For many companies these days, "digital" is almost exclusively about customer engagement, the domain of the CMO. However, the CIO is crucial in linking business processes and enterprise information to the digital channels that achieve the always-on state that customers and employees demand.
The strength of the CIO-CMO relationship has never been more vital to a company's success, yet the confusion surrounding these roles in the digital enterprise has never been stronger.
Every year PwC conducts a survey to evaluate the "digital IQ" of companies, which measures the extent to which they weave technology into everything they do, from strategy through execution. Our 6th Annual Digital IQ Survey, published in March 2014, of over 1,400 business and technology executives found that the majority (70%) of top performers -- companies in the top quartile for revenue growth, profitability, and innovation -- had strong relationships between the CIO and the CMO.
[Getting directly involved with customer engagement is necessary for your IT career. Read IT Leaders Must Assume New Role: Marketers]
However, we found that nearly half of the businesses in our study (49%) lack that strong CIO-CMO relationship. As part of our investigation, we talked directly to CIOs and CMOs about how they work together. As one retail and consumer products CMO explained it, "Our Digital IQ is low because we're not having regular digital conversations."
Why do CIOs have strong relationships with every other executive in the C-suite except the CMO? We can speculate that budgets, historical interactions, or perceived ineffectiveness of IT are the barriers to CIOs and CMOs working together, but when you boil it down, CIOs and CMOs often don't see eye to eye because they have their backs to each other. CMOs are looking outward toward the customer while most CIOs are looking at internal business operations. It’s time they face each other or risk falling flat on the transition to digital.
Why CIOs and CMOs are out of sync
When CIOs and CMOs collaborate it brings both IT and business teams with the right skills and knowledge to the table. Not involving IT leaders from beginning in tech decision-making will cause downstream issues when CMOs try to integrate disparate systems, services, and data sets for analytics; post M&A activity; add new information products and services; and perform other strategic moves.
There's a difference between weaving digital into everything you do versus just focusing narrowly on the front office. The trap is that we check the digital box based on market-facing digital investments, and our digital strategies wind up being too shallow to make a meaningful difference in the lives of customers and employees. I call this window-dressing approach to digital as being a "digital pretender."
I know a senior IT leader in a global consumer products company who's responsible for serving the marketing function. He is grappling with how
to balance market-facing innovation and customer engagement with longer-term efficiency. He's been trying to create a collaborative working relationship with the marketing leaders, but they are logjammed.
The marketing department has a technology innovation lead, and many of the leaders have a digital marketing background. I suggested that these individuals they try to build a list of the major things they do that overlap marketing and tech -- market data analytics, vendor selection, app innovation and development, etc. -- and then figure out who should do what and why. I recommended that they consider using an upcoming digital campaign as a test case.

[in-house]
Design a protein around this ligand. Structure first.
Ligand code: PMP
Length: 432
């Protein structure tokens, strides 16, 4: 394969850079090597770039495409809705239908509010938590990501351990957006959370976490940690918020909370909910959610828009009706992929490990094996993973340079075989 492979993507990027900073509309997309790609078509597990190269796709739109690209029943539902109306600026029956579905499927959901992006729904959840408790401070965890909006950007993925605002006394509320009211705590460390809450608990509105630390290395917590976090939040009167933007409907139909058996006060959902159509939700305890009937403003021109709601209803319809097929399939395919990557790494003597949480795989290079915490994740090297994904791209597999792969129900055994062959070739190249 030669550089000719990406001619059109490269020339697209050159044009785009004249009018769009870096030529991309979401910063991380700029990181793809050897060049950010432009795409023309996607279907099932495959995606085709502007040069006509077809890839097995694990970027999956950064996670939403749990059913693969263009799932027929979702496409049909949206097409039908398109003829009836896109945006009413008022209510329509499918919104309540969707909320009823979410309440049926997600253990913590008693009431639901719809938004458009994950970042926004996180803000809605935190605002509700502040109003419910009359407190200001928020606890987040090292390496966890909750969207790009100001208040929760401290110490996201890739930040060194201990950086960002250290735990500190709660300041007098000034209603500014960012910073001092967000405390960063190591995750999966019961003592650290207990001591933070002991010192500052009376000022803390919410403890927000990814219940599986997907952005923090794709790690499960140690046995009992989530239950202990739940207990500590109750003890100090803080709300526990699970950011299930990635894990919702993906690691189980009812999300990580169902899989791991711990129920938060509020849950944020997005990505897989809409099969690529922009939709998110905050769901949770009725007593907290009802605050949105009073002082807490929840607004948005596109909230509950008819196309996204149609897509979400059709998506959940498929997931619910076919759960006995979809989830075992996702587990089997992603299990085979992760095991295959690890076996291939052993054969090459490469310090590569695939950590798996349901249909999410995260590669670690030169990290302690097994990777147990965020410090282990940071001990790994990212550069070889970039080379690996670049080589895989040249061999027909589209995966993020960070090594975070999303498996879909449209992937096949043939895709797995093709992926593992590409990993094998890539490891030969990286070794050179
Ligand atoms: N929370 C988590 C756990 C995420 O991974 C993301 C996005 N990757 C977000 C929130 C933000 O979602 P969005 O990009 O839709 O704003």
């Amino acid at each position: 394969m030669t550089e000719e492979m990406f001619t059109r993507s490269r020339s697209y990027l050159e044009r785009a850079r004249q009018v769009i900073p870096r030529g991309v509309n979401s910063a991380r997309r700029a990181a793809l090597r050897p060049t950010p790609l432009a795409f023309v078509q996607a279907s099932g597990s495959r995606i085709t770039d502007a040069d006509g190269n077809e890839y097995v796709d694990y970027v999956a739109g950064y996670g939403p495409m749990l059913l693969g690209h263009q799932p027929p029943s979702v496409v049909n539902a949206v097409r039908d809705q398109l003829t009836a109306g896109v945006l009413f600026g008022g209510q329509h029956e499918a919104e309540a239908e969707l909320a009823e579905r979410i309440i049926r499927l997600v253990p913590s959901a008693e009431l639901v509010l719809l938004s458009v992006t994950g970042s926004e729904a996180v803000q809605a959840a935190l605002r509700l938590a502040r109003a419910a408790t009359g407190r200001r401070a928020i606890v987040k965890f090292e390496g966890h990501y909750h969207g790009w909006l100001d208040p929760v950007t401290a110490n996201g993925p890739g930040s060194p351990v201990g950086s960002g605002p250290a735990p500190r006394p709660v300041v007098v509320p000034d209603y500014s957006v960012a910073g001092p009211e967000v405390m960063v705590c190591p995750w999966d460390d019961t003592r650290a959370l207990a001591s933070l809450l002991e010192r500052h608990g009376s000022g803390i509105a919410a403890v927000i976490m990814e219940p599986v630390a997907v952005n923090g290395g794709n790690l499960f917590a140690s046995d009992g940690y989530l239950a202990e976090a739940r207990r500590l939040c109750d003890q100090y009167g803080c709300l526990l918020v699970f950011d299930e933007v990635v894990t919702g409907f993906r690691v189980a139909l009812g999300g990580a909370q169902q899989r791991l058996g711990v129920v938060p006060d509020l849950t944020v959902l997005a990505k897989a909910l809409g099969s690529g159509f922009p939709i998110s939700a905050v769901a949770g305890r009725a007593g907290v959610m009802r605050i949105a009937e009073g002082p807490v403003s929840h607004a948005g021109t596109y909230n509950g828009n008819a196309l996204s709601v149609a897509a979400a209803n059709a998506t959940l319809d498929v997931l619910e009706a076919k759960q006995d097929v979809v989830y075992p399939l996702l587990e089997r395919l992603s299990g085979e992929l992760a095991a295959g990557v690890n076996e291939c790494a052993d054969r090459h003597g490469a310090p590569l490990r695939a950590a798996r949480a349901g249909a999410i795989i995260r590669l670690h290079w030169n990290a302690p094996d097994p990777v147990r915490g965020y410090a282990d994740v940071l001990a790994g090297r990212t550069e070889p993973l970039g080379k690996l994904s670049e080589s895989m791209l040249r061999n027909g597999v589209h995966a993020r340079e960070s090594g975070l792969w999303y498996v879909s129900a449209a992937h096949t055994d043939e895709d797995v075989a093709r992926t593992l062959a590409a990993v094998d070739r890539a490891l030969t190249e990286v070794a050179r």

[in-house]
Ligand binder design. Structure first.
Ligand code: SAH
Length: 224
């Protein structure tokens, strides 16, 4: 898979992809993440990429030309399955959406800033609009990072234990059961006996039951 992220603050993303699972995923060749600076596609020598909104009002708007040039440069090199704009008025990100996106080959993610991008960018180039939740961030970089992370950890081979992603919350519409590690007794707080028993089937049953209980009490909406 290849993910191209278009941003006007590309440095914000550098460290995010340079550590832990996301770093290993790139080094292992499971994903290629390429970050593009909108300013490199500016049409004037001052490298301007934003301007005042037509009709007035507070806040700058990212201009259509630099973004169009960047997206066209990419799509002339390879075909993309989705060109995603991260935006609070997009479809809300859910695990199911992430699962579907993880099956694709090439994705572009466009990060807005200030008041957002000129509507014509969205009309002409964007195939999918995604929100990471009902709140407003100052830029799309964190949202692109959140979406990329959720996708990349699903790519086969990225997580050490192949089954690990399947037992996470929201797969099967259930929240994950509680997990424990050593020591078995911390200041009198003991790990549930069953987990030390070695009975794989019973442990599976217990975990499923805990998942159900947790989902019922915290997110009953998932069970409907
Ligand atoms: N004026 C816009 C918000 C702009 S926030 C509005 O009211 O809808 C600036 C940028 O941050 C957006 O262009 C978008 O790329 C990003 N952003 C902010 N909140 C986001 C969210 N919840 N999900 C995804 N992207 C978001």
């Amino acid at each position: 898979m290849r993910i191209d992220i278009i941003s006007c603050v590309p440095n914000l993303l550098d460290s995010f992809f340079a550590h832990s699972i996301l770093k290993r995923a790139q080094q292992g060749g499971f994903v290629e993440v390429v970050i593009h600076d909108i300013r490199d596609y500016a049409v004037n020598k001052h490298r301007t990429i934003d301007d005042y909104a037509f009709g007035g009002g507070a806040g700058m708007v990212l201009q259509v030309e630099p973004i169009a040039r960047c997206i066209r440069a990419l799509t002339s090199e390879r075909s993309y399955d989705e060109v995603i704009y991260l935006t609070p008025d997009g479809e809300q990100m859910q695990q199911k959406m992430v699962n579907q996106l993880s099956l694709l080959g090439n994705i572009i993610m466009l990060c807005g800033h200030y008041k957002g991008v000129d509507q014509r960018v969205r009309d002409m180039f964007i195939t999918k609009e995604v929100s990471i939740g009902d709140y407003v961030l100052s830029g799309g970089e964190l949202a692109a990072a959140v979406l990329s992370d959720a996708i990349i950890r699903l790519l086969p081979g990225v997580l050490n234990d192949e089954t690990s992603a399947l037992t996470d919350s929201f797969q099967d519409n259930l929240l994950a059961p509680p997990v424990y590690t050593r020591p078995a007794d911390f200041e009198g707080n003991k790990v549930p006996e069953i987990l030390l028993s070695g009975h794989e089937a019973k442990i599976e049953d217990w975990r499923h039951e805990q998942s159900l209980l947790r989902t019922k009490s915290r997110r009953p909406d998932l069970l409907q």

As part of this process, companies should review each of the major planned and ongoing initiatives in both marketing and IT's portfolios to find opportunities to get each other's perspectives. Doing so may also reveal some gaps or overlaps that need to be addressed. CIOs and CMOs need to get explicit agreement on who owns the components of digital strategies, the role each leader will take on, and when and how they're expected to work together.
Defining the roles and responsibilities of marketing and IT is not about either group trying to gain control. It's about involving experts in design, architecture, integration, and information to make the digital products better and more manageable for the short and long term. We need to make sure that the right decision-makers are involved in idea development, designing, planning, estimating, and sourcing.
In our survey we also looked at the skills and knowledge of each group -- IT's understanding of marketing and marketing’s understanding of IT. We found that things are fairly balanced. Nearly two thirds of CMOs (63%) say that their IT department has a very good or excellent understanding of marketing. On the flip side, 60% of CIOs rate marketing as having very good or excellent IT skills.
The bottom line is that CIOs and CMOs understand each other's function and forge a partnership that will advance the company’s digital agenda. Now they need to sit down and have a meaningful conversation about how they can help each other outshine the real competition: other companies in their industries. When CIOs and CMOs team up, the results can be digital dynamite.
Our InformationWeek Elite 100 issue -- our 26th ranking of technology innovators -- shines a spotlight on businesses that are succeeding because of their digital strategies. We take a close at look at the top five companies in this year's ranking and the eight winners of our Business Innovation awards, and offer 20 great ideas that you can use in your company. We also provide a ranked list of our Elite 100 innovators. Read our InformationWeek Elite 100 issue today.Chris Curran is a PwC principal and Chief Technologist for the US firm's Advisory practice, where he is responsible for technology strategy and innovation, and the development of thought leadership reflective of PwC's point of view on technology trends and innovations. ... View Full Bio